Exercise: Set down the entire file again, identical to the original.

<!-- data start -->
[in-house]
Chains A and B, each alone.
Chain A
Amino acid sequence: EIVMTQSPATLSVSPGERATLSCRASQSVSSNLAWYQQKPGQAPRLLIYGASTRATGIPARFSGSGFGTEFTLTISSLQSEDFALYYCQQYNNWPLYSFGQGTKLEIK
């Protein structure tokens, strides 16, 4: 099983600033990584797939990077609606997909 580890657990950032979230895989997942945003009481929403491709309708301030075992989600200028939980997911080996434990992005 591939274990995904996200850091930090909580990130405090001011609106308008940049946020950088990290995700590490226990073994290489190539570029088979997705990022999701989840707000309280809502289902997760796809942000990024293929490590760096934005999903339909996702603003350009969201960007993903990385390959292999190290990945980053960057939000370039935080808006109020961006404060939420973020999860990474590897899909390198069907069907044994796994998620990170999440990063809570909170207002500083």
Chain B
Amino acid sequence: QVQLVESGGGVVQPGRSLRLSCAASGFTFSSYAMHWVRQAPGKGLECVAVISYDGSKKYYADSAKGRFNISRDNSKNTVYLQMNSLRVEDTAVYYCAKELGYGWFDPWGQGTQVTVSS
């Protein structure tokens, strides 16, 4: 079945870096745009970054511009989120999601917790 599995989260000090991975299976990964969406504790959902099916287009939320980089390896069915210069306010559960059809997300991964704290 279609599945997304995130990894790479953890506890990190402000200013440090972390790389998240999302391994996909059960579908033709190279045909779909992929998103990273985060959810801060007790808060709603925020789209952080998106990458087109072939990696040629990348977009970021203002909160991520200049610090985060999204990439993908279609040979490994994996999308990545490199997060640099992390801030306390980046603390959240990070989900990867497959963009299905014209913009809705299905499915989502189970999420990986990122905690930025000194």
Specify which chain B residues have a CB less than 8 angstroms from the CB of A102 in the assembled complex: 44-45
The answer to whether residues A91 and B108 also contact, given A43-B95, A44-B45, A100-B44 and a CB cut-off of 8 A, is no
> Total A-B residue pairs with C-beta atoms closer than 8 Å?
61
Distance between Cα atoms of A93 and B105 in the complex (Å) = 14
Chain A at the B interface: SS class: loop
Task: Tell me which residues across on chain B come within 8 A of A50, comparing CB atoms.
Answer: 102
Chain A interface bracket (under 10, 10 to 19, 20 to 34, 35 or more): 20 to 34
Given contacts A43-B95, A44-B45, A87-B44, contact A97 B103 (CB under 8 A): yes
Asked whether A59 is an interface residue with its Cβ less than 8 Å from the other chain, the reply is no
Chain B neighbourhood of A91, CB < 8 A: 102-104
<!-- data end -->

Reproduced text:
[in-house]
Chains A and B, each alone.
Chain A
Amino acid sequence: EIVMTQSPATLSVSPGERATLSCRASQSVSSNLAWYQQKPGQAPRLLIYGASTRATGIPARFSGSGFGTEFTLTISSLQSEDFALYYCQQYNNWPLYSFGQGTKLEIK
């Protein structure tokens, strides 16, 4: 099983600033990584797939990077609606997909 580890657990950032979230895989997942945003009481929403491709309708301030075992989600200028939980997911080996434990992005 591939274990995904996200850091930090909580990130405090001011609106308008940049946020950088990290995700590490226990073994290489190539570029088979997705990022999701989840707000309280809502289902997760796809942000990024293929490590760096934005999903339909996702603003350009969201960007993903990385390959292999190290990945980053960057939000370039935080808006109020961006404060939420973020999860990474590897899909390198069907069907044994796994998620990170999440990063809570909170207002500083």
Chain B
Amino acid sequence: QVQLVESGGGVVQPGRSLRLSCAASGFTFSSYAMHWVRQAPGKGLECVAVISYDGSKKYYADSAKGRFNISRDNSKNTVYLQMNSLRVEDTAVYYCAKELGYGWFDPWGQGTQVTVSS
């Protein structure tokens, strides 16, 4: 079945870096745009970054511009989120999601917790 599995989260000090991975299976990964969406504790959902099916287009939320980089390896069915210069306010559960059809997300991964704290 279609599945997304995130990894790479953890506890990190402000200013440090972390790389998240999302391994996909059960579908033709190279045909779909992929998103990273985060959810801060007790808060709603925020789209952080998106990458087109072939990696040629990348977009970021203002909160991520200049610090985060999204990439993908279609040979490994994996999308990545490199997060640099992390801030306390980046603390959240990070989900990867497959963009299905014209913009809705299905499915989502189970999420990986990122905690930025000194």
Specify which chain B residues have a CB less than 8 angstroms from the CB of A102 in the assembled complex: 44-45
The answer to whether residues A91 and B108 also contact, given A43-B95, A44-B45, A100-B44 and a CB cut-off of 8 A, is no
> Total A-B residue pairs with C-beta atoms closer than 8 Å?
61
Distance between Cα atoms of A93 and B105 in the complex (Å) = 14
Chain A at the B interface: SS class: loop
Task: Tell me which residues across on chain B come within 8 A of A50, comparing CB atoms.
Answer: 102
Chain A interface bracket (under 10, 10 to 19, 20 to 34, 35 or more): 20 to 34
Given contacts A43-B95, A44-B45, A87-B44, contact A97 B103 (CB under 8 A): yes
Asked whether A59 is an interface residue with its Cβ less than 8 Å from the other chain, the reply is no
Chain B neighbourhood of A91, CB < 8 A: 102-104